There are many reasons why a pet may not be able to hear. They may have been born with a congenital condition, they may suffer from chronic ear infections or an injury, or it could be due to old age.
“If you suspect your pet may be deaf, try clapping or jingling your keys loudly while they’re sleeping or turned away from you. If they don’t react, it’s possible they can’t hear you,” says Dr. Kelly Gehlhaus, AHS’s Managing Clinic Veterinarian. “A visit to your vet can confirm whether your pet has hearing loss.”
Whatever the cause, pets that are deaf can have a good quality of life. You’ll just need to adapt how you care for them to keep your pet safe as they navigate the world using their other senses.
1. Keep your pet safe outdoors
The outdoors can pose all kinds of safety risks for pets that are deaf, like not being able to hear traffic or respond to your verbal recall.
Never let a cat that’s deaf roam outside. Instead, train them to wear a harness and walk on a leash or buy or make them an enclosed catio so they can experience the outdoors safely.
For dogs that are deaf, always keep them on a leash when out for a walk and never let them off leash in an unenclosed area. If they’re in a fenced yard, you can teach them to notice you waving your arms to get their attention, or at night, you can use a flashlight or an outside light to signal them to come in.
To keep track of your pet, whether they’re inside or in an enclosed area outside, consider tying a bell or pet locator to their collar so you can find them. And, just in case they find their way outside unsupervised, be sure to update your pet’s microchip information and make sure they have an ID tag that says they’re deaf.
2. Learn new ways to communicate or consider specialized training
Training a pet that can’t hear is possible — just use visual cues instead of verbal cues.
For cats, you can train them to respond to hand signals or the lights being turned off and on.
For dogs, you can train them to respond to hand signals, mark and reward training, or lights being turned off and on. Even if your dog can hear, training with hand signals can be helpful since dogs tend to pay more attention to what we do than what we say.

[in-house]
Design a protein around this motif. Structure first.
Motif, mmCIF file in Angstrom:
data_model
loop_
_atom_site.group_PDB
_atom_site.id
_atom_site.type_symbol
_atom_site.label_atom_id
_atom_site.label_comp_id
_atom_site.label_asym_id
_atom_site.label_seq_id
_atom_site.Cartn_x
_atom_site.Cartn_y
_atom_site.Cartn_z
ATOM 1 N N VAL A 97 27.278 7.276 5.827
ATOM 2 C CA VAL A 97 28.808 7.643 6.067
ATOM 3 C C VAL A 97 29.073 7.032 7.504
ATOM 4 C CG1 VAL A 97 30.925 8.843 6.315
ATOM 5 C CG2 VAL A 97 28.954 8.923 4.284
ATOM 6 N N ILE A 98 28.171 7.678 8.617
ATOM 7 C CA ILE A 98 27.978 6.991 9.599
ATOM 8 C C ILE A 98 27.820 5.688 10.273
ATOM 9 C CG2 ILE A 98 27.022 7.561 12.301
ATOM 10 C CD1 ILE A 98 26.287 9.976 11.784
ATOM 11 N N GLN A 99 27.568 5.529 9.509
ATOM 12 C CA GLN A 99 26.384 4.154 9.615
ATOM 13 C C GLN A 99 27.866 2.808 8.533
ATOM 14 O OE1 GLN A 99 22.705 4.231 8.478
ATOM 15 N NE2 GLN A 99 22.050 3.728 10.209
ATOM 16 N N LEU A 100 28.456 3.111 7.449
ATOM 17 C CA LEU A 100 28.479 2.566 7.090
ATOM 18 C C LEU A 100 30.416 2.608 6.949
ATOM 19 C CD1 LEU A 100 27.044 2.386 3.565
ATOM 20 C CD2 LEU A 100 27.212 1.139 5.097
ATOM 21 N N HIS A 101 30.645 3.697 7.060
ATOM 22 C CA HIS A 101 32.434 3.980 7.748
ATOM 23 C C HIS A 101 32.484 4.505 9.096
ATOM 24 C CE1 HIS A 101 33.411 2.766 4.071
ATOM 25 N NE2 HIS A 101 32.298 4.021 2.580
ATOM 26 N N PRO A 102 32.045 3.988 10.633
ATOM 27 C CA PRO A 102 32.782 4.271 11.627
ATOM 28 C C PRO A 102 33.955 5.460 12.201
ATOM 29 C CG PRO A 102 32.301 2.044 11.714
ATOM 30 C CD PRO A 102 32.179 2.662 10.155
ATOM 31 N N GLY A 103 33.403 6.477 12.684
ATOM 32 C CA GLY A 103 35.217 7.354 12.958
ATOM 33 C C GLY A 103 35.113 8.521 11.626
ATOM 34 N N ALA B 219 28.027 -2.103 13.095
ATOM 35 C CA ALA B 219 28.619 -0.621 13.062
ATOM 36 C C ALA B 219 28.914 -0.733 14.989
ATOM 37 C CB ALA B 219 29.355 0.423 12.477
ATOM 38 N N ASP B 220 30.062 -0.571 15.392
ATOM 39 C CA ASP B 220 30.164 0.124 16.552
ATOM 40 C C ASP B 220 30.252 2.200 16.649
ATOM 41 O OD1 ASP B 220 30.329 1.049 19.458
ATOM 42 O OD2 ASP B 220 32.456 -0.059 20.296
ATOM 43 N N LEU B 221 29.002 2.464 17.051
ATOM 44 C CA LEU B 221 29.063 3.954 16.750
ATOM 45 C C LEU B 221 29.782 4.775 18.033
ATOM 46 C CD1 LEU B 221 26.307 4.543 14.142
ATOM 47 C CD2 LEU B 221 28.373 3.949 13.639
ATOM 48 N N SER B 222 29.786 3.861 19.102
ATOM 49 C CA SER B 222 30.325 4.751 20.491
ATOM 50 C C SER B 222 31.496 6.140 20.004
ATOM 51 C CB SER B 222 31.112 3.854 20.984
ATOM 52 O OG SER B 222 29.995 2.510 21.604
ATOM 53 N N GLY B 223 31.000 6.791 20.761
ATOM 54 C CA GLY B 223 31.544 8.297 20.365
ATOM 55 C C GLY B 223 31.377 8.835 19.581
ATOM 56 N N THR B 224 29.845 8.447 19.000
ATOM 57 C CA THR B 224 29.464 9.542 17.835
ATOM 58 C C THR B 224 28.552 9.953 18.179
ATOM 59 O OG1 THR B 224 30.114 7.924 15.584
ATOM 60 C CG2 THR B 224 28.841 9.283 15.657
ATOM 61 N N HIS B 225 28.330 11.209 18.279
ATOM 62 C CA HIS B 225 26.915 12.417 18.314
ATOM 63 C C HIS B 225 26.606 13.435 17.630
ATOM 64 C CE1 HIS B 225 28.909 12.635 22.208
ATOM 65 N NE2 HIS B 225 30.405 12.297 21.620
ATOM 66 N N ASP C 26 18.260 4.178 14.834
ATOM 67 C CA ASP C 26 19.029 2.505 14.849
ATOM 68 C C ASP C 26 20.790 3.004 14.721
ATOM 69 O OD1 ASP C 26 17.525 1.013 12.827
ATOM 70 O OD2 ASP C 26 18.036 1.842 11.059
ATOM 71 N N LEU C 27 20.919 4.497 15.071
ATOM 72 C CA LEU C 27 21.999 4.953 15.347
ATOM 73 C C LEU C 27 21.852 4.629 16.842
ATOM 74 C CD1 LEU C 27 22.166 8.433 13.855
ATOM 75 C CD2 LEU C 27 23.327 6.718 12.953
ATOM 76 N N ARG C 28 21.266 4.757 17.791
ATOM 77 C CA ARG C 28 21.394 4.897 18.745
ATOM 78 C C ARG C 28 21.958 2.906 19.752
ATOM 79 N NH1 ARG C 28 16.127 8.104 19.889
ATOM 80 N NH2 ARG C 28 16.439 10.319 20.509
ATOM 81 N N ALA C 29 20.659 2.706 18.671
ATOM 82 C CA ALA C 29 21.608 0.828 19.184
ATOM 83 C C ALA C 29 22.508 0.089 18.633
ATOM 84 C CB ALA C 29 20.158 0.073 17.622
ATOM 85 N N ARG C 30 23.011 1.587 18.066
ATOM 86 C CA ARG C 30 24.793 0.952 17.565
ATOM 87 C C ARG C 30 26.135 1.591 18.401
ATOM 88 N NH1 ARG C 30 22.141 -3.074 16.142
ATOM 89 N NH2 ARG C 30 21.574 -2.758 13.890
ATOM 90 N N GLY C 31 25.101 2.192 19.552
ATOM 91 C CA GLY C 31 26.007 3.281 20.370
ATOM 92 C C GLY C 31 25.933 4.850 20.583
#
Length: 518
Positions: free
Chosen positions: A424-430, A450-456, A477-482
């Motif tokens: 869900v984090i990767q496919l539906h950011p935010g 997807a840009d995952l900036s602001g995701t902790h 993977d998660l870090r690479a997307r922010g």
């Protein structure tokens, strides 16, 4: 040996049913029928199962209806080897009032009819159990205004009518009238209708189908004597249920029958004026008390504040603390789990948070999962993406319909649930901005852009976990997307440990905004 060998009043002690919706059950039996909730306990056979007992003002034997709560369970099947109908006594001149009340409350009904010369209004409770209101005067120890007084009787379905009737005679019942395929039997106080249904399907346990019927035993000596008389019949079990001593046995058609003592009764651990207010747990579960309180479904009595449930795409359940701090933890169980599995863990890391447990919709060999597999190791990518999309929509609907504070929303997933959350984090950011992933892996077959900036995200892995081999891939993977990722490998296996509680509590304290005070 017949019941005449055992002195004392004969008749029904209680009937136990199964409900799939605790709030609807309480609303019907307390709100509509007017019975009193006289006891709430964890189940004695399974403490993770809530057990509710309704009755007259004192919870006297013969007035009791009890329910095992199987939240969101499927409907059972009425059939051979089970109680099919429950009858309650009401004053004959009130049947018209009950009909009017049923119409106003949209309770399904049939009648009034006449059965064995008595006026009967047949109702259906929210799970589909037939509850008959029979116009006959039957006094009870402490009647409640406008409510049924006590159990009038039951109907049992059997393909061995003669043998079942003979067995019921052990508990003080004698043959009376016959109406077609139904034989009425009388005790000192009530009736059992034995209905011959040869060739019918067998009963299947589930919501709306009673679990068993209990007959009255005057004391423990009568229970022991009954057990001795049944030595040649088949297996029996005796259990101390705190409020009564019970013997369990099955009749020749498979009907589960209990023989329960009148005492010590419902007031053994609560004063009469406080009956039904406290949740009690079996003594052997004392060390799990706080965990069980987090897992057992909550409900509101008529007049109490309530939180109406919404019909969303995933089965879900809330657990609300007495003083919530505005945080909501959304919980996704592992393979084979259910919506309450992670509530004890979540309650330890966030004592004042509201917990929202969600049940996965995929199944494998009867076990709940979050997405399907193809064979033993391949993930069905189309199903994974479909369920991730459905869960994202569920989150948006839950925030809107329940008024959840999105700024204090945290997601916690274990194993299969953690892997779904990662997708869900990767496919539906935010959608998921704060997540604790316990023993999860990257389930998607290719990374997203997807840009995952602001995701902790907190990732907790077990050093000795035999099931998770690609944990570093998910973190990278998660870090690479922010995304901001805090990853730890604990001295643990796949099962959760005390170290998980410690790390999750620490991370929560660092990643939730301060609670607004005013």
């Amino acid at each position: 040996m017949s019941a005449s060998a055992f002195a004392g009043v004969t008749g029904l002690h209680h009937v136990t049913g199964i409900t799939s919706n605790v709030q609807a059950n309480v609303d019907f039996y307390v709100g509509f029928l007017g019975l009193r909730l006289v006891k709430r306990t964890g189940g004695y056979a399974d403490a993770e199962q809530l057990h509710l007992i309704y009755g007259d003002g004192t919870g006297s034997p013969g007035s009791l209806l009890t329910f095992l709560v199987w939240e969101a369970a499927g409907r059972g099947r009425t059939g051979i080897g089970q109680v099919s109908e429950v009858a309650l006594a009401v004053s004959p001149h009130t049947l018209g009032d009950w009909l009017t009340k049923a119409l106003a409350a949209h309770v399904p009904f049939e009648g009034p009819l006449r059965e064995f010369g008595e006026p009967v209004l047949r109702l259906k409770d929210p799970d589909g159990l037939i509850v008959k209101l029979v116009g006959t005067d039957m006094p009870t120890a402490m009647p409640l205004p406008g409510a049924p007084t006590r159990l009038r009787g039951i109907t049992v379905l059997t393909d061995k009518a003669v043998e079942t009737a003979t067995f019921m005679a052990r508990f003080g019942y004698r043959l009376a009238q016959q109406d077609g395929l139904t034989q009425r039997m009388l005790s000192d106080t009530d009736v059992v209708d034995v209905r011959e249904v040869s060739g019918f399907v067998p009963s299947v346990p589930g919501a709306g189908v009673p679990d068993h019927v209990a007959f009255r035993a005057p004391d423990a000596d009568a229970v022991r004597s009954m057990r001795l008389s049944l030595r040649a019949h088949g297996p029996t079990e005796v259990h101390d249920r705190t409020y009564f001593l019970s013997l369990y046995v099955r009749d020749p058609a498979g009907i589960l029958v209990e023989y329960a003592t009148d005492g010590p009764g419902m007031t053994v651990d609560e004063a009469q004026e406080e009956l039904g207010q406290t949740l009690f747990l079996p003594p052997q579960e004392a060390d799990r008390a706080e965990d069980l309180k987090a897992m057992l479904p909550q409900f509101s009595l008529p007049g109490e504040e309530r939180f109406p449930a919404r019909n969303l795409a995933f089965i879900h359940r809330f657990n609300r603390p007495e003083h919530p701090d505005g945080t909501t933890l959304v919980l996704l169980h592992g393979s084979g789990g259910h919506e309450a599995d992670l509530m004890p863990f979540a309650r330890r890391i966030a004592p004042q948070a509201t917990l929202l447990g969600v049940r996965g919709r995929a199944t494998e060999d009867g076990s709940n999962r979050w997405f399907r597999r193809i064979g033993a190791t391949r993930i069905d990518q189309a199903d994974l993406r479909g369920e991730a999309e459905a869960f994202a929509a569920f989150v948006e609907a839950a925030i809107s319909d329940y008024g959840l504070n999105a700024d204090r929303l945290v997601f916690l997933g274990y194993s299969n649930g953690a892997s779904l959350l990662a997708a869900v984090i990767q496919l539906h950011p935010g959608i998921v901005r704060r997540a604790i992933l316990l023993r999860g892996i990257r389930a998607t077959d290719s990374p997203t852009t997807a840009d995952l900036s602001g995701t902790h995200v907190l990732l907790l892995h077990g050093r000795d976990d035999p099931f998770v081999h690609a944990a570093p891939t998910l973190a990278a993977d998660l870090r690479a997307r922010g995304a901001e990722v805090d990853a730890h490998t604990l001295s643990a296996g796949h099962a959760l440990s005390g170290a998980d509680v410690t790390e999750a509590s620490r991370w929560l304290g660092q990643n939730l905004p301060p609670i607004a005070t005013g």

One important area to focus on for both cats and dogs is startle training. Since your pet can’t hear you approach, it’s easy for them to be startled, especially when they’re sleeping.
Startle training for pets that are deaf
When your cat is awake, always try to approach them so they see you coming. If they’re asleep, you can stomp your foot or tap near where they’re sleeping to wake them up before you touch them.
For dogs, you can also stomp your foot or tap near where they’re sleeping to wake them up. But you can also start desensitizing them by using positive reinforcement.
When they’re awake, starting from a place where they can see you, gently touch them on a spot, like their shoulder, and then offer a treat. Repeat a few times. Move just out of sight, gently touch them on the same spot, and give a treat. Repeat until they’re excited for your touch.
Then you can try while they’re asleep. First, just put your hand in front of your dog’s nose so the smell wakes them up and then give them a treat. Once they’re comfortable with that, you can try waking them by gently touching them (in the same spot you did when they were awake) and give a treat. Repeat.
3. Make time for play
All pets need enrichment, and there are plenty of ways to engage your pet’s other senses.
For cats, try teaser toys, toys filled with catnip, and food puzzles. For dogs, you can skip the squeaky toys and provide fetch, tug, food puzzles, and chew toys instead.
Dr. Kelly also recommends, “For dogs and cats alike, tactile activities that provide a sense of closeness and stimulate their senses, like brushing, petting, and cuddling, can be enjoyable, too.”
While caring for pets that are deaf requires some special considerations, it’s well worth the effort! These animals deserve their second chances and have just as much love to give.